There were three locations that the Modernistic Industries made trailers in the 1950’s.
1230 E. 109th St., Los Angeles, CA 1715 W. 135th St., Gardena, CA 9627 E. Garvey Ave., El Monte, CA
John Hanson founded a subsidiary in Iowa, called Modernistic Industries of Iowa in 1957. What I would like to know more about is the pre-1957 history of this manufacturer. Later other factories were added in Loveland, CO. and Pendelton, OR.
- Aljoa Sportsman Model 12 – 12 ft
- Aljoa Sportsman Model 14 – 14 ft
- Aljoa Sportsman Model 16 – 16 ft
- Aljo Model 1500 – 15 ft
- Aljo Model 1900 – 19 ft
- Aljo Model 1800 – 18 ft
- Aljo Model 1500x (cabover) – 15 ft
- Aljo Model 1700 – 17 ft
- Aljo Model 15
Birchwood paneling. Non-convertible double bed with brackets over it for a hammock (small child size). Dinette seats convert to another double bed.
1950 Aljoa Sportsman
1951 Aljoa Sportsman
1954 Aljoa “Sportsman” 15’10”
We have removed the paint and are now having it repainted with a more traditional look. We are from Golden Colorado and are very excited to start using it come Spring.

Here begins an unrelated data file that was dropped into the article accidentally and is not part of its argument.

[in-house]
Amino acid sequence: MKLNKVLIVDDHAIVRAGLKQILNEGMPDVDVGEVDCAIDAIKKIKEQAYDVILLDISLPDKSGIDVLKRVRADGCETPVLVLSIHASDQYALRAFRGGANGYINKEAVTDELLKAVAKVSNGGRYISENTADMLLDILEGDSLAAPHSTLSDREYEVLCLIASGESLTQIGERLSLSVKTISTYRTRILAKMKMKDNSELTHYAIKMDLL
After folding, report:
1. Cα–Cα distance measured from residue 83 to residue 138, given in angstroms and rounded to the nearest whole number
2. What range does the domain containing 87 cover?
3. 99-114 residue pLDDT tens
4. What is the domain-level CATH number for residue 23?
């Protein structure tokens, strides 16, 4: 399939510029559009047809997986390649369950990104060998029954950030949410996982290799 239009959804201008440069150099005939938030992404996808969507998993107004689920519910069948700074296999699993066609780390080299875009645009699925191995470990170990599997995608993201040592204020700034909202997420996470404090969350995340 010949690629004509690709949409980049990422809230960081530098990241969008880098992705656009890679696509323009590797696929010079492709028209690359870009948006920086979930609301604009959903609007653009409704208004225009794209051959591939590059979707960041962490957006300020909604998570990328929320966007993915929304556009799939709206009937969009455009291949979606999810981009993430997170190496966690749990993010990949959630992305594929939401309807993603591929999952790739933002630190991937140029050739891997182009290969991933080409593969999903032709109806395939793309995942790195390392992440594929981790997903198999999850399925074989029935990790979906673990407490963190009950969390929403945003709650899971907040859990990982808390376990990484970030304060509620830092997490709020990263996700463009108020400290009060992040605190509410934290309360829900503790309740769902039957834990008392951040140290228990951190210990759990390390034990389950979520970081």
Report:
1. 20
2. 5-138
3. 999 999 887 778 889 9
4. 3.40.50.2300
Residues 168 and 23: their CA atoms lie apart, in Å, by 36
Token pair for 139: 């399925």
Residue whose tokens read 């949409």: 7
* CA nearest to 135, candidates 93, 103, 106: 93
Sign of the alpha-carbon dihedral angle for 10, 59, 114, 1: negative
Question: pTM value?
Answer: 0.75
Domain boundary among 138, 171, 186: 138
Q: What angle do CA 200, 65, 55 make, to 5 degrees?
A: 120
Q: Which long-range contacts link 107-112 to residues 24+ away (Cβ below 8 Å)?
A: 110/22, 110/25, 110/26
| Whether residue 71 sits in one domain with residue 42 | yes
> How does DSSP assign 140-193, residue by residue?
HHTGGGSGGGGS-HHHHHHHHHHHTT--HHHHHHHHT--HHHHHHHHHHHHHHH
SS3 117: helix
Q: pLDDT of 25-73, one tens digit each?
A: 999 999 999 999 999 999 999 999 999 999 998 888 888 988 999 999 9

1954 Aljoa Sportsman 13 ft. (R. Price)
Repainted in original colors. Original logo outlined but not repainted. The awning is vintage but unknown if it is original to the trailer.
The aluminum decorative pieces around the running lights are not originals or reproductions. The previous owner fabricated these and added them.
Upgraded 12V and new 110 volt electrical system.
Dinette at rear, to right as you enter the door
Original propane stove & refrigerator. Original hand pump for 5 gallon water tank has been connected to the 12 volt system.
Full-time double bed at front of trailer over storage compartment. The 12V reading lamps are vintage but I don’t know if they are original to the trailer. The 12V wall sconce is 1 of 2 and is original, including the shade. The small TV shelf and cable connection were added by the previous owner. Note the hammock brackets on the wall.
Courtesy of Cliff Uyeda source: 1955, FEB. Trailer Topics Magazine
1954 Aljoa owned by Maurrie, founder of Sisters on the Fly
Although repainted, the Aljoa logo has been maintained
Original paint and note that the logo now reads ALJO, rather than Aljoa. However, this is not a Sportsman “canned ham” shaped model, so the Aljo name may have been used on larger models.
Rebecca Price, Golden, CO (email@example.com) – 1954 Aljoa Sportsman 13 ft http://blinddogranch.com
Several members of Sisters on the Fly (http://www.sistersonthefly.com/) use Aljoa trailers in the Cowgirl Caravan
Anna Oakley, Austin, TX – 13ft., 1957 Aljo – http://www.flickr.com/photos/annaoakley/sets/72157603728197769
David And Gloria James Upland Ca.- 1953 Aljoa Sportsman 12 ft
Cathy & Jenifer in Vail Colorado – 1955 Aljoa Sportsman
Drew and Alicia Keller—1958 aljo 19′ coeur d alene,Id (vintage tiny homes)